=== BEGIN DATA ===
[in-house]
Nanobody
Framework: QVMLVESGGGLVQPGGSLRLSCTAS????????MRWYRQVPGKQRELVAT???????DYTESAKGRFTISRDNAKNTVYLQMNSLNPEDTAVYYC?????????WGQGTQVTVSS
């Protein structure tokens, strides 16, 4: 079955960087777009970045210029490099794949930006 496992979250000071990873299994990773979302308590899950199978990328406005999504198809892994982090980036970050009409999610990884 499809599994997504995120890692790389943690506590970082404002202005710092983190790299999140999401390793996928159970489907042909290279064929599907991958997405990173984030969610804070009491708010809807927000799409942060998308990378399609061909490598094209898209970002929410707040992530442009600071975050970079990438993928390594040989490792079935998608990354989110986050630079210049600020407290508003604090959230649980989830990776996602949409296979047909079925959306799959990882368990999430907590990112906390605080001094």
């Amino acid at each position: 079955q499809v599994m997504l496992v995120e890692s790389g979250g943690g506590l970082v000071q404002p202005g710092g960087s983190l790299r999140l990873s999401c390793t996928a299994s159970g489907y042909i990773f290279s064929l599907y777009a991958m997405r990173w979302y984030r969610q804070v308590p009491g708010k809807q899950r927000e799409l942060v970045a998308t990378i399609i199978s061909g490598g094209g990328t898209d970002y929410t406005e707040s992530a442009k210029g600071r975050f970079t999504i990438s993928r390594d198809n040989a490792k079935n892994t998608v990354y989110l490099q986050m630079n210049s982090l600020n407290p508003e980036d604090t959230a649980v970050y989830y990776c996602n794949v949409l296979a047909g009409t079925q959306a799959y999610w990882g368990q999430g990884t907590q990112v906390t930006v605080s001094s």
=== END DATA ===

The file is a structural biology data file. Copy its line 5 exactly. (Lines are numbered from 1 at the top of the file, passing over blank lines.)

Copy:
């Amino acid at each position: 079955q499809v599994m997504l496992v995120e890692s790389g979250g943690g506590l970082v000071q404002p202005g710092g960087s983190l790299r999140l990873s999401c390793t996928a299994s159970g489907y042909i990773f290279s064929l599907y777009a991958m997405r990173w979302y984030r969610q804070v308590p009491g708010k809807q899950r927000e799409l942060v970045a998308t990378i399609i199978s061909g490598g094209g990328t898209d970002y929410t406005e707040s992530a442009k210029g600071r975050f970079t999504i990438s993928r390594d198809n040989a490792k079935n892994t998608v990354y989110l490099q986050m630079n210049s982090l600020n407290p508003e980036d604090t959230a649980v970050y989830y990776c996602n794949v949409l296979a047909g009409t079925q959306a799959y999610w990882g368990q999430g990884t907590q990112v906390t930006v605080s001094s």